A key person in helping to achieve the Xerox plan was a former director of ARPA’s IPTO. Robert Taylor had resigned as the director of ARPA’s main computer division over concerns about Vietnam and ended up at PARC to help them recruit the brightest people in the computing area. Taylor had worked under Licklider at ARPA and had funded many projects including Robert Engelbart’s NLS project. He had even hired Larry Roberts, who coordinated the ARPANET project. Taylor’s background at ARPA proved instrumental in Xerox’s new plan. He was in a key position to reap the rewards of ARPA’s widespread funding. Subsequently, he hired a number of computer stars from the ARPA universe including those from MIT, Harvard, Carnegie-Mellon, the University of Utah, as well as BBN. He was particularly interested in those that had worked for Project Genie, a project at the University of California at Berkeley that had converted a SDS batch-processing computer into a time-sharing utility. Taylor had parted ways with Xerox management after refusing to use SDS computers in their research environment. PARC wanted DEC’s PDP-10, so it could run ARPA’s time-sharing software or develop its own. In the end, the SDS acquisition became a failure.

Drawing on ARPA’s network of computer expertise, PARC contributed significantly to the future of data communications. Robert Metcalfe, left his studies at Harvard to spend some time at the University of Hawaii with the ALOHANET project so he could study data networks. There Metcalfe picked up crucial ideas on packet-switching and collision detection from Engineering Professor Norm Abramson that would prove useful in his Ph.D. dissertation and later for innovations at PARC. Concepts emerging from the ALOHA project were extremely important for the future of data networking technology. These concepts led ultimately to Xerox’s local area networking products called Ethernet (and even later a company called 3Com). While the ARPANET had solved certain issues related to long distance data communications, Ethernet tackled short-range communications needed in an office or campus environment.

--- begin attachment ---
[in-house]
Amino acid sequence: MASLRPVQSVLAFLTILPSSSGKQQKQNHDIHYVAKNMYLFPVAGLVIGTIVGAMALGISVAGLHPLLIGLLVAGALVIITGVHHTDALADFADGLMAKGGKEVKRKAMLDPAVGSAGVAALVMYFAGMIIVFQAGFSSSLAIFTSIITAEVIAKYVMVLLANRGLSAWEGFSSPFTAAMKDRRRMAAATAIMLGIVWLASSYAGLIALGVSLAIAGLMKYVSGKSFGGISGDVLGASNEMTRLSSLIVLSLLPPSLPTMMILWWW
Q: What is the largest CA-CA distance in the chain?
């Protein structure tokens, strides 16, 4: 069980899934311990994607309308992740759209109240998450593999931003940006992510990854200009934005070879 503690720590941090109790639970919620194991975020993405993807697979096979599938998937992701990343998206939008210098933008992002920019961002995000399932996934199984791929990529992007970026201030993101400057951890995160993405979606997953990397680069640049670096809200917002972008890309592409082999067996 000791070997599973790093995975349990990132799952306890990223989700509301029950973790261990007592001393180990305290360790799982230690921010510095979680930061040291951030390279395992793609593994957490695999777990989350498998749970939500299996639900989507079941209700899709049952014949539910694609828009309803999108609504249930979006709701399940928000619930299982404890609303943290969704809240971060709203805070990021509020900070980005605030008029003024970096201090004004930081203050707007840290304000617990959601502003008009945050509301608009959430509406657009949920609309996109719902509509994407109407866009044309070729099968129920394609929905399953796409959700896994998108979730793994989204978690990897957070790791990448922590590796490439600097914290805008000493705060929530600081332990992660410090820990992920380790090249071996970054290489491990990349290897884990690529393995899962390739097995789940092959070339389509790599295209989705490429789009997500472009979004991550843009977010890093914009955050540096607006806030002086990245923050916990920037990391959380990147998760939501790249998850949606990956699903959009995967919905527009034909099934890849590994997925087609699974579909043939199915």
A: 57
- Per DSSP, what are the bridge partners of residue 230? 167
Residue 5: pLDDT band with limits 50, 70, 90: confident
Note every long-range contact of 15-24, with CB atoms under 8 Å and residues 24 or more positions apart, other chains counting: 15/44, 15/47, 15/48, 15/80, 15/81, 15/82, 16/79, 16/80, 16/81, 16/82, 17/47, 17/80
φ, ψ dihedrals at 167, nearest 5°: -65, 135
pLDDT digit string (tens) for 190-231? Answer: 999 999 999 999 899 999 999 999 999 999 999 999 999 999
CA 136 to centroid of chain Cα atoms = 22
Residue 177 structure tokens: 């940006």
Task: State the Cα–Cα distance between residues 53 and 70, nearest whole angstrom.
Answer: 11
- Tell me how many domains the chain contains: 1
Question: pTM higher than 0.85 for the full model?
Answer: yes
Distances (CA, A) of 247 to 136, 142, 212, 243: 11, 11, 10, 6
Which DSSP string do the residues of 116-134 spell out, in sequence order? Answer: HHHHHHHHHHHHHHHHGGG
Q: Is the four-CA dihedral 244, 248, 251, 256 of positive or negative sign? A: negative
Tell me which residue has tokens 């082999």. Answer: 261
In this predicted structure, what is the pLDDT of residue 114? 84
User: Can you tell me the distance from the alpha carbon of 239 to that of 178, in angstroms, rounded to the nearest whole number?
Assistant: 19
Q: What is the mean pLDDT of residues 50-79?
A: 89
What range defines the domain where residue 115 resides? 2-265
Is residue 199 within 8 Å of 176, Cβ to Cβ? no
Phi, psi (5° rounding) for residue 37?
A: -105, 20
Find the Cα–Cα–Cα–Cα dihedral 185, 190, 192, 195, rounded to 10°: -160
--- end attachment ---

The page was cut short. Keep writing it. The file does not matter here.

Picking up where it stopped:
Here is a later blog responding to an article in the Wall Street Journal overemphasizing PARC’s influence.


(1) Xerox CEO Peter McColough’s speech went: “The basic purpose of the Xerox Corporation is to find the best means to bring greater order and discipline to information. Thus our fundamental thrust, our common denominator, has evolved towards establishing leadership in what we call “the architecture of information.” From: Fumbling the Future: How Xerox Invented, Then Ignored, The First Personal Computer, by Douglas K. Smith and Robert C. Alexander. NY: toExcel Press. p. 50.
2) Segeller, (1999) Nerds 2.0.1: A Brief History of the Internet. New York: TV Books. p. 158
3) Ibid, p. 130.




Anthony J. Pennings, PhD recently joined the Digital Media Management program at St. Edwards University in Austin TX, after ten years on the faculty of New York University.


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    Professor and Associate Chair at State University of New York (SUNY) Korea. Recently taught at Hannam University in Daejeon, South Korea. Moved to Austin, Texas in August 2012 to join the Digital Media Management program at St. Edwards University. Spent the previous decade on the faculty at New York University teaching and researching information systems, media economics, and strategic communications.